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Great Western Terrace by Alexander ‘Greek’ Thomson

Today, in course of a snowstorm, I visited Great Western Terrace in the West End of Glasgow, Scotland.

Purpose of the visit was to view and photograph what is acknowledged as Glasgow’s grandest terrace which dates from 1867-77.  This was designed by Alexander Thomson, the greatest architect of Victorian Glasgow. He acquired the moniker ‘Greek’  Thomson because his work was inspired by the architecture of ancient Greece. However, Thomson, who lived 1817-1875, rarely left Glasgow and never visited Greece. Thomson did not slavishly copy the ancient Greeks but adapted the style to the 19th century incorporating inventions like plate glass and cast-iron. Whilst some of Thomson’s work has been demolished there still remains an extensive portfolio to admire, including the Caledonia Road Church and St. Vincent Street Church.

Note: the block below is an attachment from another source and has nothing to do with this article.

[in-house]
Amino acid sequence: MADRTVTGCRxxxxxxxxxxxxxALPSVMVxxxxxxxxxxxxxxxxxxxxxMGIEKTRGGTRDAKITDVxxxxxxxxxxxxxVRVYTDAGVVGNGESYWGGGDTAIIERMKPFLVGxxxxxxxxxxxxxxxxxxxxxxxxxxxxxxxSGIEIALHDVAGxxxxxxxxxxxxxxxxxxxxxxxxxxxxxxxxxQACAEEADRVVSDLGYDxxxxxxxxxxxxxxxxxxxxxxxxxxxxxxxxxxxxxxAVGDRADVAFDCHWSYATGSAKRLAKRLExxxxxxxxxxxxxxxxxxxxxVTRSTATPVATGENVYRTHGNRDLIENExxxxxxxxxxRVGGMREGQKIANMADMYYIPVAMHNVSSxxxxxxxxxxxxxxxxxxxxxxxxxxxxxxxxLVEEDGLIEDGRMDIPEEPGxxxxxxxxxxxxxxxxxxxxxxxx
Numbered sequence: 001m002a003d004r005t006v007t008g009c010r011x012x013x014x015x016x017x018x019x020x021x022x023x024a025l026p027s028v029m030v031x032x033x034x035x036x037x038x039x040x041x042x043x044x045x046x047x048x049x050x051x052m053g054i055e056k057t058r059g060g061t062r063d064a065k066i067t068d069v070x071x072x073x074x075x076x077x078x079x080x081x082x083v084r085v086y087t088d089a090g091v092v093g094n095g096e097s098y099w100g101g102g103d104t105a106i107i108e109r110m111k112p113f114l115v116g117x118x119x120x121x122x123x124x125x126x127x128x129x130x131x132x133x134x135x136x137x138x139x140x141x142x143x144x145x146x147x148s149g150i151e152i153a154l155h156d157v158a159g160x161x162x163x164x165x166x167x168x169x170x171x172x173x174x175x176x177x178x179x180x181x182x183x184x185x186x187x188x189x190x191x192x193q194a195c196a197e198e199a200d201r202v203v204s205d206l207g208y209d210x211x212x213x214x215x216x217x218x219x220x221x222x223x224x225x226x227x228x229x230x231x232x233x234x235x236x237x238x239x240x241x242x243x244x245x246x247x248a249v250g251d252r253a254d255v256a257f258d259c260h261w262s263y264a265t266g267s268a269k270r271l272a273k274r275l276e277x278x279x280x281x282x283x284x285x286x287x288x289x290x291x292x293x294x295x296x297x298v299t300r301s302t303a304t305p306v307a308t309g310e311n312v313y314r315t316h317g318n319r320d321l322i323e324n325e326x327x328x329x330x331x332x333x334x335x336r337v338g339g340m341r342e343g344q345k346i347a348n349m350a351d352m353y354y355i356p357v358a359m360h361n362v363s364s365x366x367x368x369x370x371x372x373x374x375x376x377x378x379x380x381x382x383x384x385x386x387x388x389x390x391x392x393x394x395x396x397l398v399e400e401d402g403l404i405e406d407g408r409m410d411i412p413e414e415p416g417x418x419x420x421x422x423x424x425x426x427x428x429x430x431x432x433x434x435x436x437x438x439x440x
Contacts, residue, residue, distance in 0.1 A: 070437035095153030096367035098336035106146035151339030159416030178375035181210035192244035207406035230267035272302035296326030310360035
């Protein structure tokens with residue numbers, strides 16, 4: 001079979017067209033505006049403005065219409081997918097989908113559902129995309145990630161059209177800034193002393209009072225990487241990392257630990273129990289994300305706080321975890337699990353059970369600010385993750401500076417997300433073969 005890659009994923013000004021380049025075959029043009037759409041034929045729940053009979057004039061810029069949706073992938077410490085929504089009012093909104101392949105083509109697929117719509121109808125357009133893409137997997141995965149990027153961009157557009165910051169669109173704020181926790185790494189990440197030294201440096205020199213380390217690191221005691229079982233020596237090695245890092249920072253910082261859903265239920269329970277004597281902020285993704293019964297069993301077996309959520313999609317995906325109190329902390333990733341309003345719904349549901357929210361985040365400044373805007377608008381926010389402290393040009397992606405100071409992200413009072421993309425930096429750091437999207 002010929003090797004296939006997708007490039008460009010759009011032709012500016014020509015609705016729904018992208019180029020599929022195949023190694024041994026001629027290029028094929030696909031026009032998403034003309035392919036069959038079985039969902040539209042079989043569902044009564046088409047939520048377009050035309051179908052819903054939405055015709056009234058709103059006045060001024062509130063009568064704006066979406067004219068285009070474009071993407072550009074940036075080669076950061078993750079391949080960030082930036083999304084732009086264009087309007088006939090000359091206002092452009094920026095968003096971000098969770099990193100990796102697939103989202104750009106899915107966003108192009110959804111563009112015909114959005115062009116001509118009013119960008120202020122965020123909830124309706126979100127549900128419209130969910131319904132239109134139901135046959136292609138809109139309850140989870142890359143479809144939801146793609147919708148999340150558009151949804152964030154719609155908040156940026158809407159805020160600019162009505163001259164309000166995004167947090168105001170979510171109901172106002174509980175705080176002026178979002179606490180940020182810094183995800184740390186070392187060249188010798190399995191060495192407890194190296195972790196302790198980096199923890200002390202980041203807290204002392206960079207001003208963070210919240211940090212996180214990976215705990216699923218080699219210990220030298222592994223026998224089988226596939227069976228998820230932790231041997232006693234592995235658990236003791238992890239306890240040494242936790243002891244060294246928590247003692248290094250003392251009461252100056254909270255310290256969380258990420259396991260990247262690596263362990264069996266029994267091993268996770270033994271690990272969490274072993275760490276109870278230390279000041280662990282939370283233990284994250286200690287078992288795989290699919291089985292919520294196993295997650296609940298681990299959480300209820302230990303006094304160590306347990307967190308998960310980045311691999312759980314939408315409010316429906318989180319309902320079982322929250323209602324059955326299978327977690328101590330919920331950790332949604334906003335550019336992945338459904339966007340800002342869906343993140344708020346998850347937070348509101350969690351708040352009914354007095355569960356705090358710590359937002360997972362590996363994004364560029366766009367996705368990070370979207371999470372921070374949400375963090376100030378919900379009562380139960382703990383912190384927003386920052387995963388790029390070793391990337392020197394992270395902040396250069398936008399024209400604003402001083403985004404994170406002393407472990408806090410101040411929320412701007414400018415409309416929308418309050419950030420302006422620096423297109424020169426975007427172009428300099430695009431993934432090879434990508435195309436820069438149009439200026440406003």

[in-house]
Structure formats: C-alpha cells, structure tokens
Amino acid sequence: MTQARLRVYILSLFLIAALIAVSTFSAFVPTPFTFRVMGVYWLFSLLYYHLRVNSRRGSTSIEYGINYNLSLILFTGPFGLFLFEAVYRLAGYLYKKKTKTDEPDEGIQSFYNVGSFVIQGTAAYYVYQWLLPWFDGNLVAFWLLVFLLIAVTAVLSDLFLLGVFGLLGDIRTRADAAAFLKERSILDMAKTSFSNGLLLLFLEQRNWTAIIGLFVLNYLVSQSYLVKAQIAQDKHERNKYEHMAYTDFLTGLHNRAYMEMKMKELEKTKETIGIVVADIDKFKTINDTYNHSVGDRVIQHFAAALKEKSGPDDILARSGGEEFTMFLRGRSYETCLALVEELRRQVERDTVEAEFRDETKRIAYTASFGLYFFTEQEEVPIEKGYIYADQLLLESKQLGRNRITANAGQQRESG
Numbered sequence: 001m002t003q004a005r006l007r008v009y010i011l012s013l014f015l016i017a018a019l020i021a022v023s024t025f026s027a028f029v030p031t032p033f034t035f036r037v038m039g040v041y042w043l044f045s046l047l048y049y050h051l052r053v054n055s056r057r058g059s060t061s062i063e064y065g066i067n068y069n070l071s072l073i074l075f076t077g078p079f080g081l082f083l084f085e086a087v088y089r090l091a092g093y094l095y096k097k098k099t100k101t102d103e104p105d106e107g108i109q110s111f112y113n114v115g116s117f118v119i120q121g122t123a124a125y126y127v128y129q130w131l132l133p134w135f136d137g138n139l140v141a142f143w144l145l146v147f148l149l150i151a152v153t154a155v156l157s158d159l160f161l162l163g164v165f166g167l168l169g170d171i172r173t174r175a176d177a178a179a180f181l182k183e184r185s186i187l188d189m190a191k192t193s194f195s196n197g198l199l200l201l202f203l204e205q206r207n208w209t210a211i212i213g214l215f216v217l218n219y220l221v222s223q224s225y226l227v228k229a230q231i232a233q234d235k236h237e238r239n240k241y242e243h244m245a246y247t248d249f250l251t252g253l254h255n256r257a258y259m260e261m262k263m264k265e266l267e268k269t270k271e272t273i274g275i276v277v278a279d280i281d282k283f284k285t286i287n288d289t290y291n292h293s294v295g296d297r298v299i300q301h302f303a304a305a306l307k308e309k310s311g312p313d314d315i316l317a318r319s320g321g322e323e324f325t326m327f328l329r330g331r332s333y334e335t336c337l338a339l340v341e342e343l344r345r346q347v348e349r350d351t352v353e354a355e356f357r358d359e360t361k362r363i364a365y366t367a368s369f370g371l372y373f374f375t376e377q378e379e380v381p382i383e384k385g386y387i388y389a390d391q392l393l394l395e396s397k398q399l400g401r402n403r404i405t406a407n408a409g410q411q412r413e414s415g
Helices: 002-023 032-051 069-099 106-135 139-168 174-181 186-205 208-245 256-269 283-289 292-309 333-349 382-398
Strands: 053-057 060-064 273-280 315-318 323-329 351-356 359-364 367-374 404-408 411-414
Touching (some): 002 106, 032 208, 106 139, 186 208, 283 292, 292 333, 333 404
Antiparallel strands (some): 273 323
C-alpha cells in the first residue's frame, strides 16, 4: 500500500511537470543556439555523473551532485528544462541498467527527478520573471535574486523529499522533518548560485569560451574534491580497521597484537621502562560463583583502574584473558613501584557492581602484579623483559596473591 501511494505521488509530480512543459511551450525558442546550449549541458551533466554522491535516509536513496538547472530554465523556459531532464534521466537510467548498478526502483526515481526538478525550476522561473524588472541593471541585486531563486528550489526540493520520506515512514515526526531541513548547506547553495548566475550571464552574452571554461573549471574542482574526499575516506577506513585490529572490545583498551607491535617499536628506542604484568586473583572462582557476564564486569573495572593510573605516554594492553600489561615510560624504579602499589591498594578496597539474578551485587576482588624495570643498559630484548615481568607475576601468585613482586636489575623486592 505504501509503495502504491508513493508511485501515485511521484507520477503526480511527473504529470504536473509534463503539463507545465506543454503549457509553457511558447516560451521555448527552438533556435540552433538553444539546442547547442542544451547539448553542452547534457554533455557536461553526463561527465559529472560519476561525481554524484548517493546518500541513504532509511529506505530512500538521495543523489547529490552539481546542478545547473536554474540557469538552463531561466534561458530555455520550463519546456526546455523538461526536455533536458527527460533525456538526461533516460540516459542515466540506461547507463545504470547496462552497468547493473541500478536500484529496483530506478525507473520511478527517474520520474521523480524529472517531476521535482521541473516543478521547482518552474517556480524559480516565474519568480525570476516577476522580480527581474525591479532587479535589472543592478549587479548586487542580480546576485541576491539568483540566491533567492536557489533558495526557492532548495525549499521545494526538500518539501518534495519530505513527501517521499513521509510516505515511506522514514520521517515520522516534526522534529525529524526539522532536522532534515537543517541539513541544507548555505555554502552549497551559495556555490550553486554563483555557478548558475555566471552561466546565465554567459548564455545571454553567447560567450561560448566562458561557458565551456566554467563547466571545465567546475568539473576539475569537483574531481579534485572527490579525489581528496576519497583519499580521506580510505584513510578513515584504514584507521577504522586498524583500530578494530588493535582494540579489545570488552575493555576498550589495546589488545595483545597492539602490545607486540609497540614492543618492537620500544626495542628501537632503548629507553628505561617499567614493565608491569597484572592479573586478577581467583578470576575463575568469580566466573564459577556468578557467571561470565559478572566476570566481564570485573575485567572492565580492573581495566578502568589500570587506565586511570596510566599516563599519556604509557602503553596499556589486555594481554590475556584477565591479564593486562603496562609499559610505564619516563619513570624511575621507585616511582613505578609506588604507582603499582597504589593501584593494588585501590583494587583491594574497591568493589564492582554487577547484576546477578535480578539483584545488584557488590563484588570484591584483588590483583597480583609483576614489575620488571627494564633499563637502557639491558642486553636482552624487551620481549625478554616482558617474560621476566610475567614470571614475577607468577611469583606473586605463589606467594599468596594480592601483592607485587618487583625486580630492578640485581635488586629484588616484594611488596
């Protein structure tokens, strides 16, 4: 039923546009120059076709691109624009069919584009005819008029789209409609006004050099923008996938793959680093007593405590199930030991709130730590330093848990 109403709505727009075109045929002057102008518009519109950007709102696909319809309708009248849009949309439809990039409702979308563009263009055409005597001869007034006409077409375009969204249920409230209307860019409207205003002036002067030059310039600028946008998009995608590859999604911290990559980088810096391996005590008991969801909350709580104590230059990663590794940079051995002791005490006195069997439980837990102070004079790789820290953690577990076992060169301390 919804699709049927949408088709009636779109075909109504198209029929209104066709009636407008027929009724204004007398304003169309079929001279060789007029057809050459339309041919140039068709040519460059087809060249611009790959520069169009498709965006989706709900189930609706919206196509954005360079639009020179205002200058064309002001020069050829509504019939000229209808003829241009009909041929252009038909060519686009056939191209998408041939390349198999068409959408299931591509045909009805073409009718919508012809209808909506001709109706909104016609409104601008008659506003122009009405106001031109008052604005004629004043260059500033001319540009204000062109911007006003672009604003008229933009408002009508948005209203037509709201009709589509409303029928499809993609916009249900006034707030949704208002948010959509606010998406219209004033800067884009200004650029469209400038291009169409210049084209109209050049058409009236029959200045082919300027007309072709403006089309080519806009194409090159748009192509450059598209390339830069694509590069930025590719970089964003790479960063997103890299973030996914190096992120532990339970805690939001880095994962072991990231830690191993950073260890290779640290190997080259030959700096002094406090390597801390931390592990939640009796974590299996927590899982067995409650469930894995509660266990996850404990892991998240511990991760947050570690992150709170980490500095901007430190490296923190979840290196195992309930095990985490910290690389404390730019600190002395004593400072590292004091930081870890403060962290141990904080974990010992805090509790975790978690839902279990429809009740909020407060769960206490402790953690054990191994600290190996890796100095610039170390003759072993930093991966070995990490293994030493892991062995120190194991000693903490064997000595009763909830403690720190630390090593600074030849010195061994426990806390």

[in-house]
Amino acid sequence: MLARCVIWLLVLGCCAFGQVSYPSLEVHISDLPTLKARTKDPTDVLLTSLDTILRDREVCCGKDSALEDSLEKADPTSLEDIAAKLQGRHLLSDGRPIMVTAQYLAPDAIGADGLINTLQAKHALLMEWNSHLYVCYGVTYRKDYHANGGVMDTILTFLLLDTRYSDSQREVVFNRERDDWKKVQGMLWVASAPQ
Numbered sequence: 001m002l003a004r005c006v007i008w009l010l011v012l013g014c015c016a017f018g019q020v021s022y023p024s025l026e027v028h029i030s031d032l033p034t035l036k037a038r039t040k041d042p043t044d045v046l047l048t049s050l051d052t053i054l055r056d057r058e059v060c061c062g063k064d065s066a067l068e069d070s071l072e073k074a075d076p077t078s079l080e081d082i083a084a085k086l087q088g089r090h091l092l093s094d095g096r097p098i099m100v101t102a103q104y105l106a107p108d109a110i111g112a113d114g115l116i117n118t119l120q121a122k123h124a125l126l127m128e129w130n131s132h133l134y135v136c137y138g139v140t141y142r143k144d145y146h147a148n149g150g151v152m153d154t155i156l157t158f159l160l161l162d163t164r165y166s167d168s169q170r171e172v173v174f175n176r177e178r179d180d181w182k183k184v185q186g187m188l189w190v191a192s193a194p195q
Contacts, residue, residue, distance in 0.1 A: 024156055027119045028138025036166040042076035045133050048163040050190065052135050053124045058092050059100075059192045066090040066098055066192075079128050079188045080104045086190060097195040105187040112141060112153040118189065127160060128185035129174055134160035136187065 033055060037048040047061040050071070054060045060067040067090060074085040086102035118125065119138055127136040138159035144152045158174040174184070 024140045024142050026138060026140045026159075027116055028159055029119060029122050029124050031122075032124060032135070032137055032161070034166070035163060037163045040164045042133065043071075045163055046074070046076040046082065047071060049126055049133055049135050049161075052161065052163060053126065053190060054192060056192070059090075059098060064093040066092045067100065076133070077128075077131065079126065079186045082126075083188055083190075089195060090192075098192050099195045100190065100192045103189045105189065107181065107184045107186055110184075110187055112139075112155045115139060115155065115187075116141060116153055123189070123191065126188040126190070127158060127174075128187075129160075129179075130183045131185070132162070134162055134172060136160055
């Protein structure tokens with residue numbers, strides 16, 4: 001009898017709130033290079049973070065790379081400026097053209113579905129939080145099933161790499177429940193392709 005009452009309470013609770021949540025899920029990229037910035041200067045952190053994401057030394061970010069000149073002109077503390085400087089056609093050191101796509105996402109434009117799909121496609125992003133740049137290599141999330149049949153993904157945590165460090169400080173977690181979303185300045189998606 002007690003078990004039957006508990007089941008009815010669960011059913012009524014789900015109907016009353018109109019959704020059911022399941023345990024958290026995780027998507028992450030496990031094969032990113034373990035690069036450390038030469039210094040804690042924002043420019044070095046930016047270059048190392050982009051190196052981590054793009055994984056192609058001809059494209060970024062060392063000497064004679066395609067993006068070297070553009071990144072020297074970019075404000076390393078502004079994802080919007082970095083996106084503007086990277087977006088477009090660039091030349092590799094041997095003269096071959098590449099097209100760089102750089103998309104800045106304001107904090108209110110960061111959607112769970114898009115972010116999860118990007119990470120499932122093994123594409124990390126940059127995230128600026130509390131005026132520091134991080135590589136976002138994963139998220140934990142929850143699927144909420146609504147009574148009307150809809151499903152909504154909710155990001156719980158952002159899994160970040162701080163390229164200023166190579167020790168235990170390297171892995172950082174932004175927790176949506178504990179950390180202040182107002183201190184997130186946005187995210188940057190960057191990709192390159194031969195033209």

Read more on Visit Great Western Terrace, Visit Glasgow Architecture…

Melville Monument and St. Andrew Sqaure, Edinburgh, Scotland

This evening, I am focusing on St. Andrew Square which sits at the eastern end of George Street in Edinburgh’s New Town.  

Read more on Visit St. Andrew Square, Visit Edinburgh…

Charlotte Square Architecture, Edinburgh, Scotland

This evening, I am focusing on Charlotte Square, an architectural gem at the western end of Edinburgh’s New Town.

The  New Town progressively evolved and grew after the area was opened up for development in the late 18th century. A young ( 22 years old) and hitherto unknown architect named James Craig won the competition for the layout in 1766. Construction progress was slow and erratic due to occasional shortages of money caused by the Napoleonic Wars and other factors. Much of the work was completed by the 1830s, however.

Read more on Visit Charlotte Square, Visit Edinburgh…